You know what they say about sequels — they need to think bigger, be bolder, and double down on more of what made the original so popular. Not long ago, we shared a little Mediterranean Movie Magic with you. It was a look at the history of popular movies filmed in the area over the years. Today, we’re premiering a sequel so expansive that it couldn’t be contained by a single region. No, no, this time, we’re sharing movie scenes that shaped an entire continent with South American Movie Magic! So grab your popcorn and dim the lights — it’s time to take a look at some of our favorite movies that just so happen to have been filmed in places we visit across South America.
Our adventure through the world of movies filmed in South America begins in Argentina. Here, in 1996, director Alan Parker filmed Evita — a film based on a 1976 album by the legendary duo of Tim Rice and Andrew Lloyd Webber. The film tells the story of Eva Perón, an Argentian actress, politician, and activist who, to this day, some 70 years after her death, remains an international icon.
In the film, Perón is portrayed by another international icon of note — Madonna. And while this was not her first film role, it was undoubtedly her most acclaimed performance. In fact, it won her a Golden Globe for Best Actress in a Musical or Comedy (for what it’s worth, Evita is very much a musical and very much not a comedy).
Several filming locations were used throughout Buenos Aries, the most famous being Casa Rosada — the office of the President of Argentina. The iconic “Don’t Cry for Me Argentina” scene was filmed here over two days with a cast of 4,000 extras.
Children of Men (Argentina)
For many film fans, sci-fi doesn’t get much better than 2006’s Children of Men — a dystopian glimpse into a future where human beings face an unknown future. The film, which stars Clive Owen, Julianne Moore, and Michael Cain, was not a blockbuster upon initial release. But, it has grown beyond the trappings of the “cult classic” and become essential viewing for fans of speculative fiction, as well as masterful cinematography. The film, directed by Alfonso Cuarón, is known for several single-take shots that follow complex sequences for several minutes at a time. These types of shots have become Cuarón’s signature over the years, and this is the film where viewers really started to notice them.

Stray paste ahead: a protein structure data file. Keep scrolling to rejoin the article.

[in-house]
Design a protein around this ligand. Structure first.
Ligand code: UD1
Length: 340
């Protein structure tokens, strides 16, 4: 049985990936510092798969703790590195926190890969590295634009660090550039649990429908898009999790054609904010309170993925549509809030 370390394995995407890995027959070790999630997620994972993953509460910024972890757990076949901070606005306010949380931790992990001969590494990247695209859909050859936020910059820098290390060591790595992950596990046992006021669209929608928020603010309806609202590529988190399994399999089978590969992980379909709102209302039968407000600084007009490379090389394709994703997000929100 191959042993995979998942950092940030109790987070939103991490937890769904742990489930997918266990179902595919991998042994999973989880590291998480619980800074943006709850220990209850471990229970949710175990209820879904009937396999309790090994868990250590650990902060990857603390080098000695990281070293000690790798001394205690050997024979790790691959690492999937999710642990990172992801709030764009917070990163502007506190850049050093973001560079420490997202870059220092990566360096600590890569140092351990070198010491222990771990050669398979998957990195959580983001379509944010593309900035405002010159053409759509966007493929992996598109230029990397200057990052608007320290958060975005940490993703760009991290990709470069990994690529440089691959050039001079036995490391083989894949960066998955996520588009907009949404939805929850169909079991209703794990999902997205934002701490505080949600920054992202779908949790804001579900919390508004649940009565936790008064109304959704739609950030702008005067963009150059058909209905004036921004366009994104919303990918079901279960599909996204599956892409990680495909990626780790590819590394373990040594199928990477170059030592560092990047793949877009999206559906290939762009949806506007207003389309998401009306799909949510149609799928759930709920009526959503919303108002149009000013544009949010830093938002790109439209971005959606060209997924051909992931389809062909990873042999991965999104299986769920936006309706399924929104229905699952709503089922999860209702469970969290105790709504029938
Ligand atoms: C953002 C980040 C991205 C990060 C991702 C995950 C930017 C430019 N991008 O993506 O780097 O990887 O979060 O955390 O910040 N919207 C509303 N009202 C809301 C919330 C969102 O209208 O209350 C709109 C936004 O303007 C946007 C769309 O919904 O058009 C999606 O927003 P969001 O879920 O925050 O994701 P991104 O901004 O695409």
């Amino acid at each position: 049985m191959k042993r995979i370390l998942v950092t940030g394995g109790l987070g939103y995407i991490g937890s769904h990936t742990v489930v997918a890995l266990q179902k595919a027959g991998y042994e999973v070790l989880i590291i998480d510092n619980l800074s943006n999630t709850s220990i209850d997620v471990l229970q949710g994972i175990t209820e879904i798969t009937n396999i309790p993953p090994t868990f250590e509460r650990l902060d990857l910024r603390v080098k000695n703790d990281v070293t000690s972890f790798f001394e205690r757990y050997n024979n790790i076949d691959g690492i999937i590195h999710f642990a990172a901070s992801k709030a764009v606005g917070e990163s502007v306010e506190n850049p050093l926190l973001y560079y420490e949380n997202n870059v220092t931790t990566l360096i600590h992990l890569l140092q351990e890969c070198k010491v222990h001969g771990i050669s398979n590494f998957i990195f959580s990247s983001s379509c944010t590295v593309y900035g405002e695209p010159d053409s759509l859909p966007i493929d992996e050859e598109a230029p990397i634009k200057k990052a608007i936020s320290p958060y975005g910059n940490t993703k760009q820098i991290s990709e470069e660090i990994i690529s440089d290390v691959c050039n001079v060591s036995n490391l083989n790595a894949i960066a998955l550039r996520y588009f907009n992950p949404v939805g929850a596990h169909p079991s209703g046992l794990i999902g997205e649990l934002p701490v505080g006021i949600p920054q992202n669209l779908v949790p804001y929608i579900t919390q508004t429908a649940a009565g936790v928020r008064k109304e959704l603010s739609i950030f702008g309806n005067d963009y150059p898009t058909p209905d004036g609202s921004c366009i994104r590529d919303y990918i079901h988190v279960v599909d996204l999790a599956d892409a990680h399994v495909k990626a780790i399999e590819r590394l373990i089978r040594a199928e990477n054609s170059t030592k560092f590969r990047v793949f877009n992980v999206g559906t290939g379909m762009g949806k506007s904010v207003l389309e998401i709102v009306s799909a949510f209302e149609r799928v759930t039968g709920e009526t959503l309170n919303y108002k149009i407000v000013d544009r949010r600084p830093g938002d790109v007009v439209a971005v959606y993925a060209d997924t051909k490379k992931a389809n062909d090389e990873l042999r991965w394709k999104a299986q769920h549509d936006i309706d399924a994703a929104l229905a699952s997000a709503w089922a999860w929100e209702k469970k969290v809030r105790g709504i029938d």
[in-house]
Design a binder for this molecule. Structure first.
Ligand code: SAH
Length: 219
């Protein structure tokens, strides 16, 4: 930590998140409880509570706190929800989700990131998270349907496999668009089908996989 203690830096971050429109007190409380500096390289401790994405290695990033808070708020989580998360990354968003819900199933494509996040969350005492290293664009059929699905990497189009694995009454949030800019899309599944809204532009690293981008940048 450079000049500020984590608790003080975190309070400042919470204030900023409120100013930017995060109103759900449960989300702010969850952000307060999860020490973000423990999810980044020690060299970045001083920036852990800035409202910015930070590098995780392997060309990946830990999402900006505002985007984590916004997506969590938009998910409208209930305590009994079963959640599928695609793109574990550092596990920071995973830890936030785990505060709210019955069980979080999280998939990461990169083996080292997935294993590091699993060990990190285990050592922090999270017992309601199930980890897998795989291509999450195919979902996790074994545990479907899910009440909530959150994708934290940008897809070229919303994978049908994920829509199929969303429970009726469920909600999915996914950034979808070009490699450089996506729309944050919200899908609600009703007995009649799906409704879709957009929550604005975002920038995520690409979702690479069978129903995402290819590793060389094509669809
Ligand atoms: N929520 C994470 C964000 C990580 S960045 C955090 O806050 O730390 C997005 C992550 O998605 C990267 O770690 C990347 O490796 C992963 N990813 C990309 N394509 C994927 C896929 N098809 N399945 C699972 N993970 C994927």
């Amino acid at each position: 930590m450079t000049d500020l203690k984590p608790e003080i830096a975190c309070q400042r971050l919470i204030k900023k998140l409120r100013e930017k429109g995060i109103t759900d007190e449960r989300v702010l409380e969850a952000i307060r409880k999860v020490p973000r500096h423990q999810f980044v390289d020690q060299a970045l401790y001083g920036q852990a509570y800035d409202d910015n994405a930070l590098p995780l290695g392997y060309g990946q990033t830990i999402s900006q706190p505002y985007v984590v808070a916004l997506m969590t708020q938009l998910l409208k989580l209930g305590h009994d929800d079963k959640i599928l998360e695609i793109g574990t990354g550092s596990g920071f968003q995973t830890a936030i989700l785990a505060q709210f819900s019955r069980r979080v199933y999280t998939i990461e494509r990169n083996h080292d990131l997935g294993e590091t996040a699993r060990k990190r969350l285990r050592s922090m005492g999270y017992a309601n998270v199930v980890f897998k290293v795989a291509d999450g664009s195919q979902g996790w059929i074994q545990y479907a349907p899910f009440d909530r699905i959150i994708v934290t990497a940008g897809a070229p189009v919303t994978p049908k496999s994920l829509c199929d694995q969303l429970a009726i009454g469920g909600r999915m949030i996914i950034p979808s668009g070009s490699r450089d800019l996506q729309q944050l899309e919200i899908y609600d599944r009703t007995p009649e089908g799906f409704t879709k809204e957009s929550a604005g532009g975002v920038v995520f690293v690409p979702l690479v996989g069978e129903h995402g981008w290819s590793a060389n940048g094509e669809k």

While the majority of this film was shot across the UK, you’ll catch glimpses of Argentina in Children of Men. Specifically, the Obelisk of Buenos Aries as well as Puerto Madero, a barrio along the waterfront of the city.
Crime! Comedy! Drama! Romance! 2015’s Focus has it all — including performances from two of the biggest movie stars working today, Will Smith and Margot Robbie. In this movie, Smith plays Nicky, a con man who takes a young grifter named Jess (Robbie) under his wing. But, eventually, their history ends up jeopardizing the biggest job of Nicky’s career. A job that just so happens to take place in, you guessed it, Buenos Aries.
Specifically, much of Focus was shot in the neighborhoods of La Boca and San Telmo. La Boca is known for its colorful houses and the Caminito, a street museum where tango artists perform regularly. San Telmo, located north of La Boca, is the oldest barrio in Buenos Aries. It’s characterized by colonial buildings, cobblestone streets lined with antique shops and cafes, and plenty of tango parlors where visitors can “focus” on some incredible dancing.
It should come as no surprise that an international super spy like James Bond has spent some time in South America. After all, this is 007 we’re talking about here! It seems like he’s been everywhere since this famous film series began back in 1963 with Dr. No and Sean Connery portraying Bond. By 1979, Connery was long gone, with Roger Moore taking up the mantle of this iconic character and starring in Moonraker — a film that takes Bond to Rio De Janeiro. Oh, and also outer space (we told you James Bond has been everywhere!).
Bond arrives in Rio just in time for Carnival. These scenes were filmed on location nearly a year before the rest of the film was shot. The atmosphere of Rio during Carnival is really on full display here (and something you can experience for yourself when we cruise to Rio for Carnival.) Of course, if you’re familiar with the film, you’ll also remember that Bond has an epic confrontation with Jaws on the cable car lift to Sugarloaf Mountain. These cable cars remain in operation today, and you can ride them when you cruise to Rio de Janeiro with us.
However, this isn’t the last James would see of Jaws (or Brazil) in Moonraker. A short while later, the two are in a boat chase down the Amazon river. While the river scene was filmed in Florida, its climactic conclusion — featuring James hand gliding over the breathtaking Iguazu Falls — was filmed along the Argentina/Brazil border.